If the person clicks “yes”, they can decide any amounts they want to keep supporting said artist/release that will be taken out of their subscription as if they didn’t own the track until the amount is reached. The plays would either restart at Play count 1 or at a specific price tier like 4th or 5th listen, whatever, we’d need to figure out something.
This would effectively be a way to spread a “pay as you want” feature over time for people invested in particularly niche artists (or not) without any added cost to the subscriber. Additionally letting them set up a price limit by themselves, to define on their own terms how much they want to keep supporting the artists grounds them in the reality that the money circulating on the platform isn’t in infinite supply: it’s their money that they’re giving directly to artists. If they want to give more, they can also buy now or up their monthly subscription to a higher monthly price.
I would even, personally, embrace the idea of a little monthly (or maybe trimester based so that’s not too spammy) personalized “data newsletter” that tells people how much their sub was worth in terms of “Pay as you play” so that they can switch to that model if they see that they overspent and their finances are tight, but the data letter would also show “how much more/less artists they listened to made” compared to “Pay as you play” so that they can support artists more if they feel they have the means to do it and want to keep supporting the creators they love. It could look something like the pricing page “For listeners” / “For artists”. I’m a proponent of transparency in all cases, to me it’s critical if we want to look better than other competing offers, we need to treat consumers with respect, and trust that if they can spend more they will, and if they can’t we shouldn’t necessarily assume it’s because they’re not good supporters of music and let them enjoy the service anyway, by creating an infrastructure strong enough that it doesn’t insult artist’s work, otherwise the fault is on us for being unable to strike a good balance between “providing access” and “emphasizing the value of work”, the entire friction I’m trying to address is between these two, often contradictory, propositions.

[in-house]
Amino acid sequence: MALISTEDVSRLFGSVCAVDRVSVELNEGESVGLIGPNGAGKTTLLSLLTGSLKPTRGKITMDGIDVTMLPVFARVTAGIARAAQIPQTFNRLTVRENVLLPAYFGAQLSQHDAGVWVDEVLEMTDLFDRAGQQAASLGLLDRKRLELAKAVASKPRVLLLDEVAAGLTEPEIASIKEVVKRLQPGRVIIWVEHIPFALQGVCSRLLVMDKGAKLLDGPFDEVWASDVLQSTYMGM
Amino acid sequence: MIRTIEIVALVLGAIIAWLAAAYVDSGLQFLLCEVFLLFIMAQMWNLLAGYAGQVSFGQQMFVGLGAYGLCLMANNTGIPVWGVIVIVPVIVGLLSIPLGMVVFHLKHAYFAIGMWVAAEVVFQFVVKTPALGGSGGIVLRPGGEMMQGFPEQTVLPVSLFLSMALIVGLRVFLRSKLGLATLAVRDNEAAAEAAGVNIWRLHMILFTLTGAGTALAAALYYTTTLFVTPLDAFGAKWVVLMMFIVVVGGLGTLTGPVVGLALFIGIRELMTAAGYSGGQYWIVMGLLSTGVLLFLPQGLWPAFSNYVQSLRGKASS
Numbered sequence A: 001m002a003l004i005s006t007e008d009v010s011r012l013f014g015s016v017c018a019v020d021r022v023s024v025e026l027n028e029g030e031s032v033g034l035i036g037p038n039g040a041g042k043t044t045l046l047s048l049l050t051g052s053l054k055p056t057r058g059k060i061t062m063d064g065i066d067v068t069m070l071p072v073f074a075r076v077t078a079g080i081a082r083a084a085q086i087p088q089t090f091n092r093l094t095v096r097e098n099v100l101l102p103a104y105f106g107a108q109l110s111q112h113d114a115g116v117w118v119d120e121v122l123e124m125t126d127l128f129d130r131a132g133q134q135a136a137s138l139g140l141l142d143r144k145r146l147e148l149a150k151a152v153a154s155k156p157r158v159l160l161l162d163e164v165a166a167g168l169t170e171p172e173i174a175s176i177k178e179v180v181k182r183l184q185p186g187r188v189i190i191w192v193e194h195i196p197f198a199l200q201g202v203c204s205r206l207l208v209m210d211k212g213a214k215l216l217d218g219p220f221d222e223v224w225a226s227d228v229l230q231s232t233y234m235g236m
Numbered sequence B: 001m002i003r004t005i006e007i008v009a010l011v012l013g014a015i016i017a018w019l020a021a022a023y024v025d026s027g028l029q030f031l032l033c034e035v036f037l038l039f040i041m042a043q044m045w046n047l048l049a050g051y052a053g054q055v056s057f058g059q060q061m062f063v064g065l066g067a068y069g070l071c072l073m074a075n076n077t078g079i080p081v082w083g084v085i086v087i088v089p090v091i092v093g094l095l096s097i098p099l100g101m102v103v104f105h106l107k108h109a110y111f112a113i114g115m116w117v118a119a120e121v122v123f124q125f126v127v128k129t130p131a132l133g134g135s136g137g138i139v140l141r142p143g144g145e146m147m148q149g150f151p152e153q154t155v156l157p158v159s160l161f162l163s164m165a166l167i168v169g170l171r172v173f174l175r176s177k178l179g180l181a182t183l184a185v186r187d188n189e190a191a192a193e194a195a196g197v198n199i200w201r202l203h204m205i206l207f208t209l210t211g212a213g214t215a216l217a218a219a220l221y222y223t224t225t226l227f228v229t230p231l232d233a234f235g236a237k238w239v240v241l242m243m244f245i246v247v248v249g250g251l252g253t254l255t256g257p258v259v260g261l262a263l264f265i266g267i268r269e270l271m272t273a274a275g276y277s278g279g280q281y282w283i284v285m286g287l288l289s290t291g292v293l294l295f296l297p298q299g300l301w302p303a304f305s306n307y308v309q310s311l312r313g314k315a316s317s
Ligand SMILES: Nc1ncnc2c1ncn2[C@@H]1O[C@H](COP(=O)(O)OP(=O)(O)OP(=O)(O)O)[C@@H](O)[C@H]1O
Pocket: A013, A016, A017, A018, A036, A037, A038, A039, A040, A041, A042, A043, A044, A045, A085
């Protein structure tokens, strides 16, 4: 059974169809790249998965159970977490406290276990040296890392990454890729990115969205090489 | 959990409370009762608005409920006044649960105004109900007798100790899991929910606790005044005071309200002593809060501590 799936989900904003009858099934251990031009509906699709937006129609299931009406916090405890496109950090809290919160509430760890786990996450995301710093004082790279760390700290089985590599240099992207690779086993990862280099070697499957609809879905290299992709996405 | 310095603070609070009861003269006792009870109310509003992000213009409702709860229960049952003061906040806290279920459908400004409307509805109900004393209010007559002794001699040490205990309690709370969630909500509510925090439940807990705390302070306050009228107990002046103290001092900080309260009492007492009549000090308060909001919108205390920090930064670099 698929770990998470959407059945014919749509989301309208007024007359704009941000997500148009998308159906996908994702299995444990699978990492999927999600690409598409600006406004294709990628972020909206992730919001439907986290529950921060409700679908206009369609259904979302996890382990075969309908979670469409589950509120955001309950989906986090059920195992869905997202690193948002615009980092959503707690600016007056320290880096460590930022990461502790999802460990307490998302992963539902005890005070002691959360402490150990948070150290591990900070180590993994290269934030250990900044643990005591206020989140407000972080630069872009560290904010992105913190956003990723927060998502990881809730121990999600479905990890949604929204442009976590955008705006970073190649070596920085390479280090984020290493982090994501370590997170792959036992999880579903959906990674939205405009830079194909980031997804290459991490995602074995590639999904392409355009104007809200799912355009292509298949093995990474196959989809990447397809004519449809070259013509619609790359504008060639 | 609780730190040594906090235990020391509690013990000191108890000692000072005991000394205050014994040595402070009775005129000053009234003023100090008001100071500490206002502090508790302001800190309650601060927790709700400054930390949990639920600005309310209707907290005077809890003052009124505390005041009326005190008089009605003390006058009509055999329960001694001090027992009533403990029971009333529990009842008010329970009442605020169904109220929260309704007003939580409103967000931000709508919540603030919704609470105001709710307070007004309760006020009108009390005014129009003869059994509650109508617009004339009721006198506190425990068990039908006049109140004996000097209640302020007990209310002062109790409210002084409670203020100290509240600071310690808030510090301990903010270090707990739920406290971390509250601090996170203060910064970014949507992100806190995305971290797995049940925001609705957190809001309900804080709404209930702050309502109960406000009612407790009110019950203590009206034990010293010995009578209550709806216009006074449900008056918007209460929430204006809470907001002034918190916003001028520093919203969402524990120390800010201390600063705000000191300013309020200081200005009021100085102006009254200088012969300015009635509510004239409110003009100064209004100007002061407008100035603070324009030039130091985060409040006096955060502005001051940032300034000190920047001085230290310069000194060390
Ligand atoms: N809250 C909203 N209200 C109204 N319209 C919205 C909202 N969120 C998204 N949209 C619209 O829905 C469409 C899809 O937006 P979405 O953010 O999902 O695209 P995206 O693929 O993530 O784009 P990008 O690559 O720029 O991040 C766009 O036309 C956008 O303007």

One thing I’d like to emphasize as a conclusion and as showcased in the idea expressed above, is that what I like about this proposition, is that it can in my view peacefully exist side by side with “Pay as you play”. It’s still stream 2 own, it’s still a much better offer than all other streaming services, it still guaranties “penny per stream”, and if anyone feels strongly that it’s a less exciting offer in terms of how much money they’re spending as a consumer vs “Pay as you play”, they can just use pay as you play and spend less if their listening pattern means it’s the better deal for them (or if they can spend 40€ a month on music and don’t feel any sort of anxiety toping up their credits very frequently, but that seems like extremely niche behaviors).
I know this was very long, and to be honest this is a short version, I’ve tried more extreme scenarios which I haven’t showcased here, and also I don’t know yet how the financing of the “penny per stream minima” is currently applied so this is something I couldn’t put in the price calculator as a result so this was absent of my proposition and I just assumed “it currently works”. I would actually like a price calculator that indicates how that work, so that we could virtualize having a higher threshold than penny per stream for example, because why stop there?
I’ve made the Price Calculator so that you could compare offers, try your own ideas, enter your own values (“price of the song” could be higher or lower than 1.25€, Song value could increase by more or less than a “factor of 2” each listen, “price of the subscription” could be 10€ or 12€ or whatever, there’s also an open field for “open” type of listener where you can enter weird number for more odd case scenarios) and see if you feel like it works. I think it could.
Instead of only focusing with a pay as you play version of “Stream 2 Own” for our longterm vision of what Resonate could be, I think we should contemplate a subscription version of S2O for 2023 as the core of the best possible version of a user centric based streaming model.
Pay as you play should remain an option for people who want to have granular control over their spendings / listening patterns to make sure they don’t overspend, or for people who just don’t care about how much they spend and can top up their credits anytime without feeling any discomfort. The rest of our listeners should have another option.
It’s my belief that a carefully thought out S2O approach with a few additions could actually be the answer to fix the most commonly known problems of the user centric model and make us the best and most respectful music subscription service that we could possibly think of.
Here’s a price calculator to try out some scenarios and numbers for yourself.
Thanks if you’ve been that far into this post, and I welcome any discussion on this topic.